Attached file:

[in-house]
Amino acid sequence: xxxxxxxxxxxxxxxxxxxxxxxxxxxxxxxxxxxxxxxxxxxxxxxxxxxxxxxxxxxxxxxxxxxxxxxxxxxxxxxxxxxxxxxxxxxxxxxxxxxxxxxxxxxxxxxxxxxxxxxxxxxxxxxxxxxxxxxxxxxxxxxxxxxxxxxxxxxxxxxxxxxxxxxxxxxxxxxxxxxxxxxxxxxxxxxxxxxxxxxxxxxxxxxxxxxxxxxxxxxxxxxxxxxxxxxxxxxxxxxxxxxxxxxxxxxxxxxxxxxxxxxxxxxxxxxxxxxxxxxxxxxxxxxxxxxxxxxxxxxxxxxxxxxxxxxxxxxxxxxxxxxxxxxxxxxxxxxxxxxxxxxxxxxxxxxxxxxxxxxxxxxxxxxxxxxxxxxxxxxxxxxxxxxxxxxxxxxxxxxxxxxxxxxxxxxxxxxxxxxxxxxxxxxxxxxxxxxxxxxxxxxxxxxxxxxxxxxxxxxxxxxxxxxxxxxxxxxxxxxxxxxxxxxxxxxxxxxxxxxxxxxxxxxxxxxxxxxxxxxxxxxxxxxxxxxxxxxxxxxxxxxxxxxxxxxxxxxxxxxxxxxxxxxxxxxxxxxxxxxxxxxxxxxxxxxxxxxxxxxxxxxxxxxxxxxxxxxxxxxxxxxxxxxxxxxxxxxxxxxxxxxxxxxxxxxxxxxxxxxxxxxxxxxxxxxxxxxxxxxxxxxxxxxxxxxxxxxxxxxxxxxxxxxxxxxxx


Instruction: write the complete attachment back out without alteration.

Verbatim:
[in-house]
Amino acid sequence: xxxxxxxxxxxxxxxxxxxxxxxxxxxxxxxxxxxxxxxxxxxxxxxxxxxxxxxxxxxxxxxxxxxxxxxxxxxxxxxxxxxxxxxxxxxxxxxxxxxxxxxxxxxxxxxxxxxxxxxxxxxxxxxxxxxxxxxxxxxxxxxxxxxxxxxxxxxxxxxxxxxxxxxxxxxxxxxxxxxxxxxxxxxxxxxxxxxxxxxxxxxxxxxxxxxxxxxxxxxxxxxxxxxxxxxxxxxxxxxxxxxxxxxxxxxxxxxxxxxxxxxxxxxxxxxxxxxxxxxxxxxxxxxxxxxxxxxxxxxxxxxxxxxxxxxxxxxxxxxxxxxxxxxxxxxxxxxxxxxxxxxxxxxxxxxxxxxxxxxxxxxxxxxxxxxxxxxxxxxxxxxxxxxxxxxxxxxxxxxxxxxxxxxxxxxxxxxxxxxxxxxxxxxxxxxxxxxxxxxxxxxxxxxxxxxxxxxxxxxxxxxxxxxxxxxxxxxxxxxxxxxxxxxxxxxxxxxxxxxxxxxxxxxxxxxxxxxxxxxxxxxxxxxxxxxxxxxxxxxxxxxxxxxxxxxxxxxxxxxxxxxxxxxxxxxxxxxxxxxxxxxxxxxxxxxxxxxxxxxxxxxxxxxxxxxxxxxxxxxxxxxxxxxxxxxxxxxxxxxxxxxxxxxxxxxxxxxxxxxxxxxxxxxxxxxxxxxxxxxxxxxxxxxxxxxxxxxxxxxxxxxxxxxxxxxxx